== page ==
Men don’t support gender equality, shocking new report shows

Credit: Fotolia
Credit: Fotolia

Men are less likely to support gender equality in countries where women have greater equality, a new study has found.

According to research from the University of Gdańsk, the higher the level of gender egalitarianism in a country, the less likely men are to engage in activities such as signing workplace gender equality petitions or supporting the promotion of women in politics or business.

Over 100 experts from 62 countries took part in the study led by Dr. Natasza Kosakowska-Berezecka from the Institute of Psychology at the University of Gdańsk, and looked at the reactions of 6,734 men in 42 countries. 

Kosakowska-Berezecka said: “Some men seem to view women as competitors rather than allies in building an equal society, and our research shows that men, regardless of their nationality, withdraw their support for gender equality when they feel that women's gain threatens their own status.

"In our study, we show that, regardless of nationality, the more men believe in 'zero-sum', that is, that the women's gain at home, in business or politics equals the loss of men, the less likely they are to support gender equality and they more often they express sexist attitudes towards women.”

The study, which included Norway, which ranks second out of 153 countries in terms of gender equality in the Global Gender Gap Index (GGGI), Pakistan, 151st in the ranking, and Poland, which ranks 40th, the researchers found that despite the increase in the number of women in leadership and executive positions, globally women still earn 21% less than men and hold only 29 percent managerial positions.

The researchers concluded that the idea that 'her gain = his gain' should be promoted.

The study, published in the European Journal of Social Psychology, was conducted as part of the three-year Towards Gender Harmony project.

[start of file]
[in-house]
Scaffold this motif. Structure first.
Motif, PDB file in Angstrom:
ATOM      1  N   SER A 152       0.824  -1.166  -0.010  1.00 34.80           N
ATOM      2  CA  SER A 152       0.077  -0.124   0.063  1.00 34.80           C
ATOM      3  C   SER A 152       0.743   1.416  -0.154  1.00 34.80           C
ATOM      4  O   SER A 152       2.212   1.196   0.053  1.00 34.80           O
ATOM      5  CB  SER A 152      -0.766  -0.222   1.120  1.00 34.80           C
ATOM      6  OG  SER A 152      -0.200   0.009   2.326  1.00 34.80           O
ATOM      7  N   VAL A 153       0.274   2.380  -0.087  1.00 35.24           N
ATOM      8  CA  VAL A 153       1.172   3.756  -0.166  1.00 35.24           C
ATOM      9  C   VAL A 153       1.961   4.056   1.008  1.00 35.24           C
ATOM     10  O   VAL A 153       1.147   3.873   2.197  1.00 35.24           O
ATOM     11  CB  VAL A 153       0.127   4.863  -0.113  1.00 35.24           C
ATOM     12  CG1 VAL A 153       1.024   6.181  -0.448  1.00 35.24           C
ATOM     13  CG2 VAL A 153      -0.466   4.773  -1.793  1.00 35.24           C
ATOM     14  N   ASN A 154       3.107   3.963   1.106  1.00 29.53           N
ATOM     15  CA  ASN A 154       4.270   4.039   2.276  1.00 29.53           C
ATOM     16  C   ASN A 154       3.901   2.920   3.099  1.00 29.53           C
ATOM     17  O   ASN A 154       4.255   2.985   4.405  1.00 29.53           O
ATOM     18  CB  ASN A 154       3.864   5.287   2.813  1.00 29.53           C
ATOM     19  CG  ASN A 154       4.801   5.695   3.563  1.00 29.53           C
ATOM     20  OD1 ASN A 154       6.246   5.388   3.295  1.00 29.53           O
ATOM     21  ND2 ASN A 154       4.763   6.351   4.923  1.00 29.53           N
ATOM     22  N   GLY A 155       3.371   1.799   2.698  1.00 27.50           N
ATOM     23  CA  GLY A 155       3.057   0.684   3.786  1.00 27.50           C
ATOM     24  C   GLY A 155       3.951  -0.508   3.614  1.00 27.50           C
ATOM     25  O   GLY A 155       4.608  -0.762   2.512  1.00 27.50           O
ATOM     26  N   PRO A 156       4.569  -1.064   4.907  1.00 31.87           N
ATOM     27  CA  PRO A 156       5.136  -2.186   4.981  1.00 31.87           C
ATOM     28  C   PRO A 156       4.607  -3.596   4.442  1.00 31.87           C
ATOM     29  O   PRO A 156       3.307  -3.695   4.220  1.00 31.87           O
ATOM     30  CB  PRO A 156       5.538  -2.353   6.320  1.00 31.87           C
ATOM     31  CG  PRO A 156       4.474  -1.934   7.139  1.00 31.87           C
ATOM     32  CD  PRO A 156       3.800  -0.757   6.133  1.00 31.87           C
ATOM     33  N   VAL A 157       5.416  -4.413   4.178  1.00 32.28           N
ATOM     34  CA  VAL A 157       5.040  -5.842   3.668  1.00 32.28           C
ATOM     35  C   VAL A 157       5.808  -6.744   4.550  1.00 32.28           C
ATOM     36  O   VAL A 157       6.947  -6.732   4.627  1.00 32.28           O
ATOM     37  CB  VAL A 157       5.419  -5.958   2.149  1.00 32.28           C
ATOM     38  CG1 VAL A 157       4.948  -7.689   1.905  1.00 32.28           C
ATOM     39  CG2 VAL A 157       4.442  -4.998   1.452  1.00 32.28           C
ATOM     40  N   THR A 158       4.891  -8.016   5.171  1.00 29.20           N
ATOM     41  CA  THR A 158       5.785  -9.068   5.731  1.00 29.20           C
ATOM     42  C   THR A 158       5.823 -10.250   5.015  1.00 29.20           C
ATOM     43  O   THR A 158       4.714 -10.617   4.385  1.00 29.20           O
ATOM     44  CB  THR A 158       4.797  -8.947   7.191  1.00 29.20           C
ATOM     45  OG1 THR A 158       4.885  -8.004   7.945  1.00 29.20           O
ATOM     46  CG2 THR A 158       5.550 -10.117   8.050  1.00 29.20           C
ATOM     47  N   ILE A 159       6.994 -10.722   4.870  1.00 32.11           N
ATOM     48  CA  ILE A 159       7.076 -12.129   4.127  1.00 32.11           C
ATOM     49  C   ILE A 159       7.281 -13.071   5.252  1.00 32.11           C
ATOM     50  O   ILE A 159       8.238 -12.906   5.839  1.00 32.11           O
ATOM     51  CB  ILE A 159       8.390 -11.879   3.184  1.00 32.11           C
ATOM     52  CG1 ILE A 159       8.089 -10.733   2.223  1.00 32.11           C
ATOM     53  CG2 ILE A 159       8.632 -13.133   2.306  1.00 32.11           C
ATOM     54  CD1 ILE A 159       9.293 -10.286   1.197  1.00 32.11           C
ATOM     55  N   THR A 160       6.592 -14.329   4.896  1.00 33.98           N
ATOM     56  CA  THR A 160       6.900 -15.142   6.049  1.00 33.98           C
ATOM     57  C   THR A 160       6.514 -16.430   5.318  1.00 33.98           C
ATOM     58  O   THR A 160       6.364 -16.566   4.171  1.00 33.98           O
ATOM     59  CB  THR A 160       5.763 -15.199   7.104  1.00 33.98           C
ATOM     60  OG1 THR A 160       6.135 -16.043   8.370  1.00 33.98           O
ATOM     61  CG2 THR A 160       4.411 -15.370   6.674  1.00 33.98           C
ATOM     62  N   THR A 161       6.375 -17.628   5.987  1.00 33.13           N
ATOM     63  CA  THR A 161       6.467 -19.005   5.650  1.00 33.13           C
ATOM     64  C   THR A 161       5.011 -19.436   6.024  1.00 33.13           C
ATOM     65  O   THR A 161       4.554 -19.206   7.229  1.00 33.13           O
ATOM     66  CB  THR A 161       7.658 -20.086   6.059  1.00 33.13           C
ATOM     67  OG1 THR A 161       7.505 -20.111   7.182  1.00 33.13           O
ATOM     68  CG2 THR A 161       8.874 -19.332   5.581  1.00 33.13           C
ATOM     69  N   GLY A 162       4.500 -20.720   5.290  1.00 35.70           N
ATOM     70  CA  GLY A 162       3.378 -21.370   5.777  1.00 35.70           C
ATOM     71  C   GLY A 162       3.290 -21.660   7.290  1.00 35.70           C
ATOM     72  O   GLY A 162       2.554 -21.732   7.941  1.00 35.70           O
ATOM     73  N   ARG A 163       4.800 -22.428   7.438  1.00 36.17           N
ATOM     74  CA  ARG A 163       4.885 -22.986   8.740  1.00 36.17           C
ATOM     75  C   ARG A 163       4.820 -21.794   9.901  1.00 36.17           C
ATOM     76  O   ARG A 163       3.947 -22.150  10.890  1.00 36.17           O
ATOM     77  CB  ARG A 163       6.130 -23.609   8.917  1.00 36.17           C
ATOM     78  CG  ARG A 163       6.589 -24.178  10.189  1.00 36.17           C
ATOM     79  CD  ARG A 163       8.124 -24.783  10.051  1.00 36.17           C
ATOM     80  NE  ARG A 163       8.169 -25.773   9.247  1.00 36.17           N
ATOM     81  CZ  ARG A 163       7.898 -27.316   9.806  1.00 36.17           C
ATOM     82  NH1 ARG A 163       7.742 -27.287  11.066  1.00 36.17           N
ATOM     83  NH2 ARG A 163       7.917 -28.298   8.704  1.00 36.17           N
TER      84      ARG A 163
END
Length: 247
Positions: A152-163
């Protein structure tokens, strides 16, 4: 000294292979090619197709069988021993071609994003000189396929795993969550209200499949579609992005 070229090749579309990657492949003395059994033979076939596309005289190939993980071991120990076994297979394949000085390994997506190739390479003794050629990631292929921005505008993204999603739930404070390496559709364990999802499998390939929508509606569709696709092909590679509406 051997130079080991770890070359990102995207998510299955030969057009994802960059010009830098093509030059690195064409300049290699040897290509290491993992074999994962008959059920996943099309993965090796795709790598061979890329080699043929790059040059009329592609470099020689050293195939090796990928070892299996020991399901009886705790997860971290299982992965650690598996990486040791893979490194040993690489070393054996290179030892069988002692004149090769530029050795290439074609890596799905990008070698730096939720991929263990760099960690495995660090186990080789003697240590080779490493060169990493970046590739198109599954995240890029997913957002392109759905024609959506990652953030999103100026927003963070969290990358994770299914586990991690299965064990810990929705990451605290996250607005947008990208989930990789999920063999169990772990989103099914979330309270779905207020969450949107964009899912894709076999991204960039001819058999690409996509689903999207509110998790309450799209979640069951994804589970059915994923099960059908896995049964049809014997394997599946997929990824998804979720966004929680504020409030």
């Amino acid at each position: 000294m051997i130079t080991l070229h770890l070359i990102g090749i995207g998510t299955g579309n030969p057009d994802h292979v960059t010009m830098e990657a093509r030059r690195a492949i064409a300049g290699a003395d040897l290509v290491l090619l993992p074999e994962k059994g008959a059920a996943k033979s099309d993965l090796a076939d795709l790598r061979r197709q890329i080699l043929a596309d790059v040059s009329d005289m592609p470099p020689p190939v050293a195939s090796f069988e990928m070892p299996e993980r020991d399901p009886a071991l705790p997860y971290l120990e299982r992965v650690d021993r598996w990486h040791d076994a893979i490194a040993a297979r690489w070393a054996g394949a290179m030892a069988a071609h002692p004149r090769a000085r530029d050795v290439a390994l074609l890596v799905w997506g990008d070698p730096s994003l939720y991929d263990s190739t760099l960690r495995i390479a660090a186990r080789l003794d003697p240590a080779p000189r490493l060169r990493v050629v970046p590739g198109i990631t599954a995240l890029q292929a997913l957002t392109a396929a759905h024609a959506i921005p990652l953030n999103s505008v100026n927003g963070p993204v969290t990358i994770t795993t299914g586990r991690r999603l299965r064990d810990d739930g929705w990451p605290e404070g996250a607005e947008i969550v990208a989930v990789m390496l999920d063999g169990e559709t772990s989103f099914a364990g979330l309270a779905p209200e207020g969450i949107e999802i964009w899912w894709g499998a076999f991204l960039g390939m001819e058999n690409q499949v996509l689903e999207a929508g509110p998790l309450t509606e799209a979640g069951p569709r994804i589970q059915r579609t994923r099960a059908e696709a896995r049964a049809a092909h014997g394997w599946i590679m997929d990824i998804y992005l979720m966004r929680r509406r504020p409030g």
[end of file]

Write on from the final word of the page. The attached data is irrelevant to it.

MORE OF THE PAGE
As part of the project, research teams looked at the contemporary understanding of femininity and masculinity and the expectations different societies have of men and women.

Find out more:


mat/ agt/ kap/

tr. RL

The PAP Foundation allows free reprinting of articles from the Nauka w Polsce portal provided that we are notified once a month by e-mail about the fact of using the portal and that the source of the article is indicated. On the websites and Internet portals, please provide the following address: Source:, while in journals – the annotation: Source: Nauka w Polsce - In case of social networking websites, please provide only the title and the lead of our agency dispatch with the link directing to the article text on our web page, as it is on our Facebook profile.

More on this topic

  • Adobe Stock

    Scientists investigate whether trams can help urban nature

  • Credit: Adobe Stock

    Artificial intelligence diagnoses autism spectrum better than specialists

Before adding a comment, please read the Terms and Conditions of the Science in Poland forum.